(d) So we conclude that Rebbi Meir holds 'Ein Tzarich Le'varer' and the Rabbanan hold 'Tzarich Le'varer'. The litigant is believed according to Rebbi Meir - because he speaks when the claimant actually brought the two pairs of witnesses to Beis-Din. Consequently, even if the second pair would now be disqualified, the testimony of the first pair would remain intact, in which case, the defendant is not prejudiced.

(a) If Reuven comes to claim from Shimon with both a Sh'tar and a Chazakah of three years, Rebbi holds in a Beraisa that he must bring the Sh'tar (and is not believed on the basis of the Chazakah) - because he holds 'Tzarich Le'varer'.

(b) When Raban Shimon ben Gamliel says 'Nidon be'Chazakah' - he means that he has the option of proving his Chazakah, should he so wish, because he holds 'Ein Tzarich Le'varer'.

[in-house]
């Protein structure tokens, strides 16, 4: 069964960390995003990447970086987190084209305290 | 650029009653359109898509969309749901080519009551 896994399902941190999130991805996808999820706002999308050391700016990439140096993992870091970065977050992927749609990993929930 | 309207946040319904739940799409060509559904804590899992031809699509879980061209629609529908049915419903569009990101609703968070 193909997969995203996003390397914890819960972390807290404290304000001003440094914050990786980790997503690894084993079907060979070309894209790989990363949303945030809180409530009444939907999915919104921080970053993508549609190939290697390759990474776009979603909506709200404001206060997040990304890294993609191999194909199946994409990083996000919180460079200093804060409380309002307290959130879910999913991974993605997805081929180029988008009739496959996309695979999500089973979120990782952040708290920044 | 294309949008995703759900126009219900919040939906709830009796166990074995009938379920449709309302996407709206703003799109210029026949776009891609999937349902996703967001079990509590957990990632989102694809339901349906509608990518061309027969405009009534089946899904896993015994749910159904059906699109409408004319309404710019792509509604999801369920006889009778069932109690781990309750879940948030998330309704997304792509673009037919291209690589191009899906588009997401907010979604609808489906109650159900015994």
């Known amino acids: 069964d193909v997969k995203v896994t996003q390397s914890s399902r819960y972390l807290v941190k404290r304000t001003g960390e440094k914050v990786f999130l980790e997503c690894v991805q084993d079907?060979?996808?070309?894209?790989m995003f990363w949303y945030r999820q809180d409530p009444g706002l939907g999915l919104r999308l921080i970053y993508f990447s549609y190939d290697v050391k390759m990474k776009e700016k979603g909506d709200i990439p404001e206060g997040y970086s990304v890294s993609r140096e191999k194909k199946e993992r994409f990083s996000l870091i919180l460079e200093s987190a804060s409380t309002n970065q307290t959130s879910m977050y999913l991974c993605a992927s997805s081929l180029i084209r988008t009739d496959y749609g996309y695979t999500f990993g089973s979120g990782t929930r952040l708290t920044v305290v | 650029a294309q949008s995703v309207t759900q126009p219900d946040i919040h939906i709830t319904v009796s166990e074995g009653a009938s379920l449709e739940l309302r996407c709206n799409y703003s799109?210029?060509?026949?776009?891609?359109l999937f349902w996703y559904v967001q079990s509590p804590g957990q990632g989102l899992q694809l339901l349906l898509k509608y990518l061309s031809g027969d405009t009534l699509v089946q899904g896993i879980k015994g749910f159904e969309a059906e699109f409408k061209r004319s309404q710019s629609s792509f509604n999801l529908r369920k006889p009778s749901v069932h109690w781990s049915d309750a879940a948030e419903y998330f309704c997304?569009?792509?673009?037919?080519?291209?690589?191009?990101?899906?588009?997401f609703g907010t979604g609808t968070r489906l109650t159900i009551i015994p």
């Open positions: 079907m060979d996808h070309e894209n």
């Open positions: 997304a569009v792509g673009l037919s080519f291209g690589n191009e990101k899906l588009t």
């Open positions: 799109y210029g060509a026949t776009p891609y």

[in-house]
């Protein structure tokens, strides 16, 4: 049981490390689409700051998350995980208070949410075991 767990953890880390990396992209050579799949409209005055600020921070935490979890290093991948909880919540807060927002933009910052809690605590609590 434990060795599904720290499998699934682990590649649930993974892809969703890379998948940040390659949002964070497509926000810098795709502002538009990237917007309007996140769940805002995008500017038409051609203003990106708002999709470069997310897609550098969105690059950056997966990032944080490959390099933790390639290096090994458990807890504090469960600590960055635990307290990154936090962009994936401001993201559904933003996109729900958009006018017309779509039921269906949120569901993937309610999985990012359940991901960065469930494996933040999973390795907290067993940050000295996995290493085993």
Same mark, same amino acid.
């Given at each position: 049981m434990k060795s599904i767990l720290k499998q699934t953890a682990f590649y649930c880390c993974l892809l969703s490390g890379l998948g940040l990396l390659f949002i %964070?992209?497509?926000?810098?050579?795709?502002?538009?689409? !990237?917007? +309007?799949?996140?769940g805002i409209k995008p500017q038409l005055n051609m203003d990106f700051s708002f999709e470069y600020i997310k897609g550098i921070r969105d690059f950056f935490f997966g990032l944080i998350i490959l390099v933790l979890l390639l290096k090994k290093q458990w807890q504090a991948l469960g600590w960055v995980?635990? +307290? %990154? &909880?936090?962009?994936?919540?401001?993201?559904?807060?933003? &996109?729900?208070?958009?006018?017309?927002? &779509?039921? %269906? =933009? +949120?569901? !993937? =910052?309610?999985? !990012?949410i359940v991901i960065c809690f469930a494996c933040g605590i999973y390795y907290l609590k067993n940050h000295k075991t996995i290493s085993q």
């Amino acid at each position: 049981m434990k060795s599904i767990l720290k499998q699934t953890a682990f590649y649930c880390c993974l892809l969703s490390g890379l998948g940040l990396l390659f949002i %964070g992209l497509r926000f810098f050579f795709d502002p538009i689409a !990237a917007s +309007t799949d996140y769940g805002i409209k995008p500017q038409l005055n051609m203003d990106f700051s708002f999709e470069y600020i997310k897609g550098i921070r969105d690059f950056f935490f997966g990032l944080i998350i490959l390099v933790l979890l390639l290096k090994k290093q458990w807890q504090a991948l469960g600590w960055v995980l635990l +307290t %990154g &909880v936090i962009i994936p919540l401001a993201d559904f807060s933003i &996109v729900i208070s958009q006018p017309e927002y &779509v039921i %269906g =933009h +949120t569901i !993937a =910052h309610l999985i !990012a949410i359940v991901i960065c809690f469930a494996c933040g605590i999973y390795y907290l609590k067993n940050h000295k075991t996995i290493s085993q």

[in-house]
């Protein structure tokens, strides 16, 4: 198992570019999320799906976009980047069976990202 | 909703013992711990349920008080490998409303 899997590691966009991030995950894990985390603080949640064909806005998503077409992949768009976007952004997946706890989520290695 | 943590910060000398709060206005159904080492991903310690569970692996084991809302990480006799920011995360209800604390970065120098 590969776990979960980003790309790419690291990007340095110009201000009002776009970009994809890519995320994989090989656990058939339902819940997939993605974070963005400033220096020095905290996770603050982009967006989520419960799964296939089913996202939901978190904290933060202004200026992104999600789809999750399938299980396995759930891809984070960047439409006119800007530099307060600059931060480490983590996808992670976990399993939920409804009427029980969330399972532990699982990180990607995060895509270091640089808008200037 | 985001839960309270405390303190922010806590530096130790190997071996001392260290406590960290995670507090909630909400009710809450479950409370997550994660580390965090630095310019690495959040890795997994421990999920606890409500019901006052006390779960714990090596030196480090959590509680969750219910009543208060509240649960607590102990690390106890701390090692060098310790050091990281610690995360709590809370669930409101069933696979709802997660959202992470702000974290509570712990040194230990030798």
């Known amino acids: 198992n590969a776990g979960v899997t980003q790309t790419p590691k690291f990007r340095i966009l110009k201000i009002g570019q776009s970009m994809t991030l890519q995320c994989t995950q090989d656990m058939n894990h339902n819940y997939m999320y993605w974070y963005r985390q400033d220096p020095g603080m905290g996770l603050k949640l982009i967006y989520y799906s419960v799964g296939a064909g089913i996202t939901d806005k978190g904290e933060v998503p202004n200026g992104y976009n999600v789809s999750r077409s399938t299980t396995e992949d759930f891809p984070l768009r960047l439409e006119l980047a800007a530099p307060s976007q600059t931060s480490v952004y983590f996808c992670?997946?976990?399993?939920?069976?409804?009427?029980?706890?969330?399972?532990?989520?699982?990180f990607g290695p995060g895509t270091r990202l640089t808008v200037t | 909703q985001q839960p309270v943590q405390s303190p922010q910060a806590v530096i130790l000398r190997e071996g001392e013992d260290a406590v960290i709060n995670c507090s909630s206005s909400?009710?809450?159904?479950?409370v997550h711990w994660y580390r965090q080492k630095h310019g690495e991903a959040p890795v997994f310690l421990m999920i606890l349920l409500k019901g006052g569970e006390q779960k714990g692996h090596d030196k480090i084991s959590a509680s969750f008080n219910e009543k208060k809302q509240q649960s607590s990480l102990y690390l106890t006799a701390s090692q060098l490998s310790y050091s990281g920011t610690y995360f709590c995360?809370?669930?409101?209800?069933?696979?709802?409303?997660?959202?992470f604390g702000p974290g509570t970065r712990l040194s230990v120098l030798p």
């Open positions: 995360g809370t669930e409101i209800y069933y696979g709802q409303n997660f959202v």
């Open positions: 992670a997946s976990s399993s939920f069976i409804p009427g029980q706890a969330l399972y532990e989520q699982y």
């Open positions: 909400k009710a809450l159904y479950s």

(c) Initially, we connect this Machlokes with that of Rebbi Meir and the Rabbanan (according to the final explanation that Rebbi Meir holds 'Ein Tzarich Le'varer') - by pairing Rebbi Meir with Raban Shimon ben Gamliel, and the Rabbanan with Rebbi.

(d) We refute this suggestion however, and conclude that the Rabbanan definitely argue with Raban Shimon ben Gamliel. Rebbi Meir, on the other hand, might well agree with Rebbi and require specifically the proof of a Sh'tar - since Chazakah was only instituted as a substitute for someone who has lost his Sh'tar. Consequently, once he claims that he has not lost it, we obligate him to bring it.